Responsible and sustainable management of tourism will unlock tourism’s potential to stimulate job creation, particularly for vulnerable groups, contribute to rural development, favour economic diversification through the tourism value chain, promote cultural awareness and inclusiveness, and help preserve local cultural traditions, among others.
GOAL 9: INDUSTRY, INNOVATION AND INFRASTRUCTURE
Sustained investment in infrastructure and innovation is a crucial driver of economic growth and development. Tourism development relies on good public and private infrastructure. The sector can influence public policy for infrastructure upgrade and retrofit to be more sustainable, innovative, and resource-efficient, and moving towards low carbon growth, thus attracting tourists and other sources of foreign investment.
GOAL 10: REDUCED INEQUALITIES
Tourism can be a powerful tool for reducing inequalities if it engages local populations and all key stakeholders in its development. Tourism serves as an effective means for economic integration and diversification, and poverty reduction. It can impact on earned income and people’s livelihoods, development of local and rural economies, as well as on the natural and cultural environment. Furthermore, it can contribute to urban renewal and rural development by giving people the opportunity to prosper in their place of origin.
GOAL 11: SUSTAINABLE CITIES AND COMMUNITIES
A city that is not good for its citizens is not good for tourists. Tourism can help advance urban infrastructure and accessibility, promote regeneration, and preserve cultural and natural heritage – assets on which tourism depends. Investment in green infrastructure (more efficient transport, reduced air pollution) should result in smarter and greener cities, not only for residents but also for tourists.
GOAL 12: RESPONSIBLE CONSUMPTION AND PRODUCTION
The tourism sector needs to adopt sustainable consumption and production (SCP) modes, accelerating the shift towards sustainability. It is imperative to identify key points of intervention within the tourism value chain to optimize the use of natural resources and reduce environmental impacts caused by production and consumption. Tools to monitor sustainable development impacts of tourism (as explicitly mentioned in Target 12.b) – including for energy, water, waste, biodiversity and job creation – will result in enhanced economic, social and environmental outcomes.
GOAL 13: CLIMATE ACTION
Tourism contributes to and is affected by climate change. Tourism stakeholders should play a leading role in the global response to climate change, both by implementing adaption and mitigation measures. By reducing its carbon footprint, primarily in the transport and accommodation industries, tourism can benefit from low carbon growth and help tackle one of the most pressing challenges of our time.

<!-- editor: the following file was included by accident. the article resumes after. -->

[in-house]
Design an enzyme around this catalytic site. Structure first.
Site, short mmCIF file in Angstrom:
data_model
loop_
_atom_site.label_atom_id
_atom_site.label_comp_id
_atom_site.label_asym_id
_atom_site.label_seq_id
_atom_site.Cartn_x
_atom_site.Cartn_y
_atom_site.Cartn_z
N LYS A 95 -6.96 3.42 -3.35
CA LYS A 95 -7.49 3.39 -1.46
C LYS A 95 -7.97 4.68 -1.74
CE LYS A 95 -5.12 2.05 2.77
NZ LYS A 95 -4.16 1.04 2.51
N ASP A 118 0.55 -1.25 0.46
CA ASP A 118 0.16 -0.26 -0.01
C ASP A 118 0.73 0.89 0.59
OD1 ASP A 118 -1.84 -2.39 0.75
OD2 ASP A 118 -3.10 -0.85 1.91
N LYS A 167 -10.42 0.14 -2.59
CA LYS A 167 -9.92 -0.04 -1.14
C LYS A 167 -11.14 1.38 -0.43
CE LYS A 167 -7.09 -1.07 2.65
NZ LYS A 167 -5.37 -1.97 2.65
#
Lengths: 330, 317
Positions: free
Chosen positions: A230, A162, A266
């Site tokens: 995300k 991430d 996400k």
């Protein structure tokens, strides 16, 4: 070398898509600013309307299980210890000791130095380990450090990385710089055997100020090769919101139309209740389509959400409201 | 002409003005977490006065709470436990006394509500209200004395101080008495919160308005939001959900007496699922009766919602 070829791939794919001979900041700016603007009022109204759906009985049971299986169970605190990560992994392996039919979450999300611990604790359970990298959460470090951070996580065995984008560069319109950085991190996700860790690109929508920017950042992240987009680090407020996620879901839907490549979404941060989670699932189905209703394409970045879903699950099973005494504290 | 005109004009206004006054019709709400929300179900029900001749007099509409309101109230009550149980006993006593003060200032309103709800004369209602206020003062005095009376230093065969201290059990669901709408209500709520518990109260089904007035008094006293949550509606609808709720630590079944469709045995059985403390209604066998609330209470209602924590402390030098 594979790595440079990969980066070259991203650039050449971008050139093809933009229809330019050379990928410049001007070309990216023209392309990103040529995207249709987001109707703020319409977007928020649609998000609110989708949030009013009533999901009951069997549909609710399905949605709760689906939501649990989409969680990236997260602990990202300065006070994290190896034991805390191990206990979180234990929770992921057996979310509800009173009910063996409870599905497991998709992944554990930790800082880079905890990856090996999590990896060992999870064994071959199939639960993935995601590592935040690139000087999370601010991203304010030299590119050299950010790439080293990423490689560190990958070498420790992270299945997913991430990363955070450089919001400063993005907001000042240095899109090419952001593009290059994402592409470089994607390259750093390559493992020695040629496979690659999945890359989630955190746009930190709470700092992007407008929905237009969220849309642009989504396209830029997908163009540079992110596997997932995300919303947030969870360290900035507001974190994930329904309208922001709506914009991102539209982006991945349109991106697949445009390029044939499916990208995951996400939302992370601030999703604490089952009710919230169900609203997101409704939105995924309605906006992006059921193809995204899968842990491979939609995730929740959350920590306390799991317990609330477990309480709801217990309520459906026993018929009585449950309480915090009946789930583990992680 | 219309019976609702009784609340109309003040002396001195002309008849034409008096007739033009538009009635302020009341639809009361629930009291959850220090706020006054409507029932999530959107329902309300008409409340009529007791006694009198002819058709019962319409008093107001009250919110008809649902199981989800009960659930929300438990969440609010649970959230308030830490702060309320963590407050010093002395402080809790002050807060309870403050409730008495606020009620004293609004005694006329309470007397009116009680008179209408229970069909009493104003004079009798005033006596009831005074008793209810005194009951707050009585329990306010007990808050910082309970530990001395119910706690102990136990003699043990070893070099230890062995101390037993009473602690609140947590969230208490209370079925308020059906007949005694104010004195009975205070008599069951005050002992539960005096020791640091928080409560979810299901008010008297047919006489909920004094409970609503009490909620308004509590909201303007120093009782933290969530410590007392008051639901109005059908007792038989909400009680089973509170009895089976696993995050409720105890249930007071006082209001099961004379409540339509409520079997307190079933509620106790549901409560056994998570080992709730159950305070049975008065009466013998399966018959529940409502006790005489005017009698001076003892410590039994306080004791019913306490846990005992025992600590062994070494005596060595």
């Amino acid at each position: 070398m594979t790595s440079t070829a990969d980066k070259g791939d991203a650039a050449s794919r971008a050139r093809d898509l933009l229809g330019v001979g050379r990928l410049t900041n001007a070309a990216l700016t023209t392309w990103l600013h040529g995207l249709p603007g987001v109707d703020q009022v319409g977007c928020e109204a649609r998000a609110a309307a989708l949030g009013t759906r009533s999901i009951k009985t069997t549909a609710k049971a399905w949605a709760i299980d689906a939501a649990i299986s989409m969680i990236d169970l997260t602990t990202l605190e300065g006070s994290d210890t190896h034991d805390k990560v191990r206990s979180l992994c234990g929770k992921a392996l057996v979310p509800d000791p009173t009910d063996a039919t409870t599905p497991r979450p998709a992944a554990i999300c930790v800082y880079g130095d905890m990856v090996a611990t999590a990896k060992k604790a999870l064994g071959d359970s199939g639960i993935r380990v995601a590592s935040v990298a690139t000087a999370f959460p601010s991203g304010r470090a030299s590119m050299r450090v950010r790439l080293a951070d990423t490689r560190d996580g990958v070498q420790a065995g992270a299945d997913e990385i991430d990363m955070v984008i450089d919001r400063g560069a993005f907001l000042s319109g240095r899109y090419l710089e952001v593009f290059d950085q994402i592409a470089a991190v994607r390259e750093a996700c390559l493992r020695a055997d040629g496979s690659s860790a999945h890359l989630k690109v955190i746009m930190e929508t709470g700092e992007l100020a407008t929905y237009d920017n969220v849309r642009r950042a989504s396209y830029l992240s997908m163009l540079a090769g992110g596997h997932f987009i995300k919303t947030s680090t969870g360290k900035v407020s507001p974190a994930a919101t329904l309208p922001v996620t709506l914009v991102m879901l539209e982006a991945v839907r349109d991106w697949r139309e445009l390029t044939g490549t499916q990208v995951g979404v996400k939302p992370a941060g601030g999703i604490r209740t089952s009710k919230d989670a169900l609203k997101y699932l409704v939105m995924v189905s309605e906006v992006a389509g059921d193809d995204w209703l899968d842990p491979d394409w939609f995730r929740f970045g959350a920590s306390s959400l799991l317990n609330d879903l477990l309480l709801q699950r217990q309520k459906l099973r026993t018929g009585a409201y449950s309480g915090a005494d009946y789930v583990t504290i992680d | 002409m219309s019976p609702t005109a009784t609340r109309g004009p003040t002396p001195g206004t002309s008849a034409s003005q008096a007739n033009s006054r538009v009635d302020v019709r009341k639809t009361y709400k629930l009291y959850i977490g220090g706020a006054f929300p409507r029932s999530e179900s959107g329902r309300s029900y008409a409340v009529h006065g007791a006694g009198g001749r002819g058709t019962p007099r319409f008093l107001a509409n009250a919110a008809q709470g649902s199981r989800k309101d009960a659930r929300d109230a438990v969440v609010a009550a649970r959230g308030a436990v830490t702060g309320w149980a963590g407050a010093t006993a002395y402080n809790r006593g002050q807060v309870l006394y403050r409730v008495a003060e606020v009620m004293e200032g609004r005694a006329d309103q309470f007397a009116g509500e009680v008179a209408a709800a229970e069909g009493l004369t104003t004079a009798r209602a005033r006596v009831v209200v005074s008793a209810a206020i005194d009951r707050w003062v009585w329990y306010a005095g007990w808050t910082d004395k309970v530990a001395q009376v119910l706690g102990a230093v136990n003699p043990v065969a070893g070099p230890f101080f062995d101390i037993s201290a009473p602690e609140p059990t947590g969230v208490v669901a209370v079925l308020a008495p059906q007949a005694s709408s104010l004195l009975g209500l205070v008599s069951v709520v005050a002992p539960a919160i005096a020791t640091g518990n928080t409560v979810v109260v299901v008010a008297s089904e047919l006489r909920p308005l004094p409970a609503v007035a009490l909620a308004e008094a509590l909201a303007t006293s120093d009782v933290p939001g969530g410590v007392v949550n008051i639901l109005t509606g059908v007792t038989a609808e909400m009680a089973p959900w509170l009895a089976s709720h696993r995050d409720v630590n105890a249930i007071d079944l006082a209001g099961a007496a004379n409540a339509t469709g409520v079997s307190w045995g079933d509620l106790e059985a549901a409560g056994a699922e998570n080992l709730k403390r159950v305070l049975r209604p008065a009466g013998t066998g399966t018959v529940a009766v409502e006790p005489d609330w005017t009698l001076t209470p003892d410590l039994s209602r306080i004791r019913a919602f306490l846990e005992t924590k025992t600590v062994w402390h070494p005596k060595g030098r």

GOAL 14: LIFE BELOW WATER
Coastal and maritime tourism rely on healthy marine ecosystems. Thus, tourism development should be an integral part of the management of these environments, in order to help conserve and preserve fragile marine ecosystems and serve as a vehicle to promote a blue economy, contributing to the sustainable use of marine resources. In some destinations, marine resources are the main source of income, therefore their protection is crucial. The economic benefits of tourism in relation to life below water have been further solidified by the explicit mention of tourism in Target 14.7.
GOAL 15: LIFE ON LAND
Rich biodiversity and natural heritage are often the main reasons why tourists visit a destination. The sector is in a strategic position to foster an appreciation of local knowledge of biodiversity, establish clear links between biodiversity conservation and community health and welfare, and provide active actions that can be taken by tourism stakeholders to protect and restore life on land. Tourism can play a major role if sustainably managed in fragile zones, not only in conserving and preserving biodiversity, but also in generating revenue as an alternative livelihood to local communities.
GOAL 16: PEACE AND JUSTICE
As tourism revolves around billions of encounters between people of diverse cultural backgrounds, the sector can foster multicultural and interfaith tolerance and understanding, laying the foundation for more peaceful societies. Tourism can promote human rights and access to justice by supporting local communities and businesses that operate in an ethical and sustainable manner, creating a culture of respect for the rule of law and human rights. Well-planned and coordinated efforts are key to limit the negative impact that tourism activities may have on the public security of a destination.
GOAL 17: PARTNERSHIPS FOR THE GOALS
Due to its cross-sectoral nature, tourism can strengthen public-private-community partnerships and engage multiple stakeholders – international, national, regional and local – to work together to achieve the SDGs and other common goals. Public policy and innovative financing are at the core of achieving the 2030 Agenda. Tourism development contributes to all goals, not just for those involved in tourism, as the development of the sector can mandate a wider range of effects through diverse partnerships.